Cloudwatt Builds Snoop-Proof Cloud
Mitch Wagner, West Coast Bureau Chief, Light Reading
Cloudwatt is using open source technology, including OpenStack and Juniper's OpenContrail, to build a public, sovereign cloud service that can resist surveillance from the US National Security Agency (NSA).
"We're building a sovereign cloud -- a public cloud for French and European businesses, and eventually government agencies, hosted in data centers -- where in no way the NSA would be able to investigate," says Régis Allègre, VP Software Engineering for Cloudwatt.
Cloudwatt, which launched its service June 30, was founded in 2012 with investment from Orange, the Thales Group, and Caisse des Dépôts et Consignations, an investment arm of the French government. The Cloudwatt service is hosted in France, to take advantage of data protection regulation.
Open source provides security that enhances surveillance-proofing the cloud, Allègre says. "With open source, we always have the opportunity to see whether there are actual leaks in the code base, which would be harder to do with proprietary vendors," Allègre says.
Cloudwatt uses the OpenStack cloud computing platform, and chose Juniper Networks Inc. (NYSE: JNPR)'s OpenContrail for virtual networking in September. At that time, Cloudwatt was uncertain whether OpenStack's Neutron virtual networking service, based on Open vSwitch, would meet scalability and operation requirements of Cloudwatt's public cloud. Proprietary solutions from VMware Inc. (NYSE: VMW)'s Nicira and Cisco Systems Inc. (Nasdaq: CSCO) had their own problems: They did not provide the necessary transparency, had significant licensing costs, and were insufficiently scalable. Cloudwatt also looked at OpenDaylight, but deemed it wasn't ready at the time, Allègre says. (See Cloudwatt Deploys OpenContrail for SDN.)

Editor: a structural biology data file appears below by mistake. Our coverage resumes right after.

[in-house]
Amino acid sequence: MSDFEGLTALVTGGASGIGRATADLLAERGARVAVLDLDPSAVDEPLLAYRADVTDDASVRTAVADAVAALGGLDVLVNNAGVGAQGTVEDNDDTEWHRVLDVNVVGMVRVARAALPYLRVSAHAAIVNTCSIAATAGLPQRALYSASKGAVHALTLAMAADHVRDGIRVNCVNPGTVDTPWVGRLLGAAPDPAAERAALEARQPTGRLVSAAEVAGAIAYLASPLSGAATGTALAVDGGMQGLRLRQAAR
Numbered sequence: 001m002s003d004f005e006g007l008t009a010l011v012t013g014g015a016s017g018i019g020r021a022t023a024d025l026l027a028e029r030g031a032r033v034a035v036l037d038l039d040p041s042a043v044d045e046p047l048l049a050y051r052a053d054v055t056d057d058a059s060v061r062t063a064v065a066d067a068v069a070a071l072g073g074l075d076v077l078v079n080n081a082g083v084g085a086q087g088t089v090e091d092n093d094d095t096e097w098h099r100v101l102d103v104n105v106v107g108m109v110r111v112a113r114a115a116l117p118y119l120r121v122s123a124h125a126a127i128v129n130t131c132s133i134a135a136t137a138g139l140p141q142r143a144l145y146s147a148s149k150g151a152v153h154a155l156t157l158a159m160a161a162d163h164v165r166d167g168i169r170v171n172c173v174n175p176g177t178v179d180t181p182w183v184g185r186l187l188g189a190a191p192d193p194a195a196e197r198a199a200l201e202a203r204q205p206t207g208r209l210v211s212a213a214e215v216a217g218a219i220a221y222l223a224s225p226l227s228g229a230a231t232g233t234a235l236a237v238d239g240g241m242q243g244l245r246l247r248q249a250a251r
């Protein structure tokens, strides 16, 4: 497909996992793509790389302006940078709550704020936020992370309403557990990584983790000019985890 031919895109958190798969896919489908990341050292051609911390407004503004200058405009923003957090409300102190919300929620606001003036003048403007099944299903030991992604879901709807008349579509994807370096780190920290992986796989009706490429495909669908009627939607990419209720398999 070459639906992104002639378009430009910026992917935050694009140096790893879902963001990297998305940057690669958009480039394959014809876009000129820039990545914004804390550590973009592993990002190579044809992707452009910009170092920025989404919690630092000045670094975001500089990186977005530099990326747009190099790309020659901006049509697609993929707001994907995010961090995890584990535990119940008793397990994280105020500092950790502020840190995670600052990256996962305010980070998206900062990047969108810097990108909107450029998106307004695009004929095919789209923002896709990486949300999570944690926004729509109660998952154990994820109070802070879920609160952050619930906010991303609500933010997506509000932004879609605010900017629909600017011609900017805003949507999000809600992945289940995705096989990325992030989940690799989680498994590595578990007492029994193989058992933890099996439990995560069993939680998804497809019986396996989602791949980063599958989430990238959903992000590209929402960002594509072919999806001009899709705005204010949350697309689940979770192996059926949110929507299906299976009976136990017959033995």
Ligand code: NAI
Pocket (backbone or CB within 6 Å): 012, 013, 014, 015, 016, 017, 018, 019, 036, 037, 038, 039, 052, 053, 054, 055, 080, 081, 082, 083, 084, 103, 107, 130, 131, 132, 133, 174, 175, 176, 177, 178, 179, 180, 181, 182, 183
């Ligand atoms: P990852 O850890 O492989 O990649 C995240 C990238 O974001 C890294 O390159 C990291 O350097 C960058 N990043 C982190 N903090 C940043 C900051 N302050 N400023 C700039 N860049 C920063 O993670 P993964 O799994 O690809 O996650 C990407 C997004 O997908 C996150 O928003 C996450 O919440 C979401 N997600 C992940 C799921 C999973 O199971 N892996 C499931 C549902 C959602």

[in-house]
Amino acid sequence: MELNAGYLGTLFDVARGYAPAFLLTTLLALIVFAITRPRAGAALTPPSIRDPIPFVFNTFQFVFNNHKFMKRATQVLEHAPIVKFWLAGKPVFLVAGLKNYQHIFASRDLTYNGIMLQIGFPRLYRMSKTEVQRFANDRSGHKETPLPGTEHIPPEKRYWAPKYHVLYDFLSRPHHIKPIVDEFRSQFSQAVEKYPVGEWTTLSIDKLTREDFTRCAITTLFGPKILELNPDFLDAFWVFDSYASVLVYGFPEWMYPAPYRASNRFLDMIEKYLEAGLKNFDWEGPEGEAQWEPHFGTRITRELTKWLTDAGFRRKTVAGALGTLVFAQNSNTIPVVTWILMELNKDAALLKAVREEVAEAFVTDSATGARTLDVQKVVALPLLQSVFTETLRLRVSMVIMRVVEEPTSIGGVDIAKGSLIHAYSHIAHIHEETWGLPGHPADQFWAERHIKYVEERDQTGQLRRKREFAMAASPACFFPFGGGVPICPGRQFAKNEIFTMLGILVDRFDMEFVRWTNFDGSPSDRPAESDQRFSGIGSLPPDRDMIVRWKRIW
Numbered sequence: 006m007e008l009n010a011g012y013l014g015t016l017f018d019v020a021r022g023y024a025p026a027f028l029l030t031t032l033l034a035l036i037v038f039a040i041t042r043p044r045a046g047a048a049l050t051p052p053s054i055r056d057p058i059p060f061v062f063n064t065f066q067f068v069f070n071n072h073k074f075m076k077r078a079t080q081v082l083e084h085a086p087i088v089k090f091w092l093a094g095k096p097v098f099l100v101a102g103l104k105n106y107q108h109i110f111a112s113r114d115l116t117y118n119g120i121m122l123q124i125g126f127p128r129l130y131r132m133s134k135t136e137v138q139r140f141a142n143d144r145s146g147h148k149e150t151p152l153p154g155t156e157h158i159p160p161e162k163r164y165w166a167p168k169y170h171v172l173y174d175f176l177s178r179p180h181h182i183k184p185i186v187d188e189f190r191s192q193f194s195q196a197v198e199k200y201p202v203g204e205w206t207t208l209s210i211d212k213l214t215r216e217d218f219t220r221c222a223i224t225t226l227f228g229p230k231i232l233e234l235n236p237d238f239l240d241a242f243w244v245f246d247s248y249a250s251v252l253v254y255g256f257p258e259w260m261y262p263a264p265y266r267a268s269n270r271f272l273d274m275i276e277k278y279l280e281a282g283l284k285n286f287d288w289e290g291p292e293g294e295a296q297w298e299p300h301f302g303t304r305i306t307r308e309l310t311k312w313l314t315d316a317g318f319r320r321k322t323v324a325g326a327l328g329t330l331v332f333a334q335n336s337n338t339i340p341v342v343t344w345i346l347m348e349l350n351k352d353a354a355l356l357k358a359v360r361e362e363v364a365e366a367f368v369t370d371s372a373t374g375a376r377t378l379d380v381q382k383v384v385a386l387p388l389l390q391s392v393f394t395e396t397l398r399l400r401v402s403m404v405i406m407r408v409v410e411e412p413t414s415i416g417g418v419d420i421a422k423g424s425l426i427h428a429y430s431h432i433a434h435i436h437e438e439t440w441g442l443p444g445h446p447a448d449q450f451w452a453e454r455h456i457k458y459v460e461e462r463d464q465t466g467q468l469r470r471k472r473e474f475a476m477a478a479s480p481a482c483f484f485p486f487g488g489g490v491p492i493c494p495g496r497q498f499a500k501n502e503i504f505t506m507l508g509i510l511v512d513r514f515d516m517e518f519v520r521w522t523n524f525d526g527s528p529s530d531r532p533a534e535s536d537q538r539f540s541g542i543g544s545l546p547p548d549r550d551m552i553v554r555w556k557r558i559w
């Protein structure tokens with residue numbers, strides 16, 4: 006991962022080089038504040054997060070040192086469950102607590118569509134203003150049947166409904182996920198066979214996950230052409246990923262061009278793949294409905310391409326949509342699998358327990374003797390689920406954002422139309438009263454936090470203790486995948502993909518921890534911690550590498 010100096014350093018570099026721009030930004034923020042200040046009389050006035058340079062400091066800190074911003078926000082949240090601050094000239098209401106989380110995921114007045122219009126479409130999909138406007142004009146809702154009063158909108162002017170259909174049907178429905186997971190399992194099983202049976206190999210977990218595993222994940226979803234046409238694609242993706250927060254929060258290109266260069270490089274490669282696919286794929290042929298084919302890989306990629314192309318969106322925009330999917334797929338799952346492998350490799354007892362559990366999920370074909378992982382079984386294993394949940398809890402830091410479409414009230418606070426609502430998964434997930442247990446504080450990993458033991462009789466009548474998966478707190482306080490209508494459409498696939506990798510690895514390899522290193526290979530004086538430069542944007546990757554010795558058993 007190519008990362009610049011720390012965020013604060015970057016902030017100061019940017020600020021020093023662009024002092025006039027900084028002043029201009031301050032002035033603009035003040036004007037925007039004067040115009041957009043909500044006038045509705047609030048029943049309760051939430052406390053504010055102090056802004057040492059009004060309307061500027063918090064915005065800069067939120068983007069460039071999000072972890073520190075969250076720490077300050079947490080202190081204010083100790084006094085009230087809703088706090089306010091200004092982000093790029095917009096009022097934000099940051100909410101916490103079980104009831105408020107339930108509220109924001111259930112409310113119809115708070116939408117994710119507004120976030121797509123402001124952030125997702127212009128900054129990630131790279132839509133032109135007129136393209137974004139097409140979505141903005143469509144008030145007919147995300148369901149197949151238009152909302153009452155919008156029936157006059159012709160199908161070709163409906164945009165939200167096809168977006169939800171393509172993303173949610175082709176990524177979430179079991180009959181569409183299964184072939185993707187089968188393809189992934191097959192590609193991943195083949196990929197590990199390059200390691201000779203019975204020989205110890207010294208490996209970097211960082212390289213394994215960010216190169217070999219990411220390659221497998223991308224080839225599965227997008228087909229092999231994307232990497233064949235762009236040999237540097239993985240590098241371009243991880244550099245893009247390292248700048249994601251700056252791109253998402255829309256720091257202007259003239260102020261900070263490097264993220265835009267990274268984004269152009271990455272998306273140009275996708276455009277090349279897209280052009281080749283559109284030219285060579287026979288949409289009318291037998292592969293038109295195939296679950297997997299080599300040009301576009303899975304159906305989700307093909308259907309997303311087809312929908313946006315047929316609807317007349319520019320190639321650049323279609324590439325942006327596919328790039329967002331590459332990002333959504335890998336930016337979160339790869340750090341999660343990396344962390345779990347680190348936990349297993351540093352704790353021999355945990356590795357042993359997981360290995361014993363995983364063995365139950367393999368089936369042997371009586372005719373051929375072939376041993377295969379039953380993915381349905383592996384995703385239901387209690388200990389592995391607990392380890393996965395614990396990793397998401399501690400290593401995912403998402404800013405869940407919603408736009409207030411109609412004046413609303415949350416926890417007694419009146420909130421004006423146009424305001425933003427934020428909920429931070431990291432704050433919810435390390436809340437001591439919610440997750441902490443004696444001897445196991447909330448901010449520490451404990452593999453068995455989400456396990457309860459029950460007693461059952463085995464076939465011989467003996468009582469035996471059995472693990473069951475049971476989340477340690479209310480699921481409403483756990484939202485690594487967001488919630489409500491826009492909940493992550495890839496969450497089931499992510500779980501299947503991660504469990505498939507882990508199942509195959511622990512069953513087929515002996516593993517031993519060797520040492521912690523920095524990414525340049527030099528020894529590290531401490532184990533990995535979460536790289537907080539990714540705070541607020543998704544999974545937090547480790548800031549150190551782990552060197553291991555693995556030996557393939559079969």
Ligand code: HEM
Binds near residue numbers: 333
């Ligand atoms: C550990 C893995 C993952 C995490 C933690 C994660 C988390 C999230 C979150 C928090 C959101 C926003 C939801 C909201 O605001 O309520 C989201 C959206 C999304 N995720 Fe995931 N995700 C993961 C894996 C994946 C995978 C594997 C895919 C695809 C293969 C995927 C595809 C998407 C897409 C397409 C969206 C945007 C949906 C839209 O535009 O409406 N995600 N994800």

In addition to scalability, OpenContrail provides MPLS and Layer 3 VPN support to facilitate integrating multi-tenant virtual networks in the data centers and connecting WAN networks. For OpenContrail, Cloudwatt also values the available management tools for investigating issues, monitoring, and other operations functions.
Cloudwatt's customers include Orange and other stakeholders, integrators, and the Renater network of French universities.
For the future, Cloudwatt would like to add greater network-as-a-service capabilities, including advanced load balancing-as-a-service, as well as simplifying private network extensions into its public cloud.
The Cloudwatt deployment is a nice win for OpenContrail, which plays an uncertain role in the virtual networks ecosystem. With the existence of both OpenDaylight and Neutron, it's hard to see what purpose OpenContrail serves.
Juniper has been a Platinum sponsor of the OpenDaylight project but kept that relationship at arm's length until recently, when it named a representative to the project's Technical Steering Committee and submitted the OpenContrail Plugin to OpenDaylight. The plugin would allow the OpenContrail SDN controller to coordinate with the OpenDaylight SDN controller. (Juniper Gives OpenDaylight Some Loving.)
Juniper bought SDN startup Contrail Systems in December 2012 for $176 million cash and stock. It released Contrail's SDN controller as open-source in September 2013. (See Juniper Buys Contrail for (More) SDN Smarts.)
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